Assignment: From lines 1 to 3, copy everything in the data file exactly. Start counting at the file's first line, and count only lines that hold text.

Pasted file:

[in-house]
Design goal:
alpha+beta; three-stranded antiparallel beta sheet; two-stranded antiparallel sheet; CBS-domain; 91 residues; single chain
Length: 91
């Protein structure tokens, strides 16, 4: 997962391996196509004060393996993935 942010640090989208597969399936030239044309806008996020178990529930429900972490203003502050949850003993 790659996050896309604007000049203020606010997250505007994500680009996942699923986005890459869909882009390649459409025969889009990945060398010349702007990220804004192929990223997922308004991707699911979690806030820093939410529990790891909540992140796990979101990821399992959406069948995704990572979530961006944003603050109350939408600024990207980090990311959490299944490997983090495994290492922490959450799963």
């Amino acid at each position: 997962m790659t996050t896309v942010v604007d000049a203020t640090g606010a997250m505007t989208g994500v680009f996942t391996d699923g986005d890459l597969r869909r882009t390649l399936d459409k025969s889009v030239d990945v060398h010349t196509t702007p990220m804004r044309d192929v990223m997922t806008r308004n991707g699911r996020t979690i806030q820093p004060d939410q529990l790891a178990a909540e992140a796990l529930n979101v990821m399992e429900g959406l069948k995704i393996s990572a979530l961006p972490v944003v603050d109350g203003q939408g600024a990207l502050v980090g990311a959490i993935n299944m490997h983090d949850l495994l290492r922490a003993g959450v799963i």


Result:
[in-house]
Design goal:
alpha+beta; three-stranded antiparallel beta sheet; two-stranded antiparallel sheet; CBS-domain; 91 residues; single chain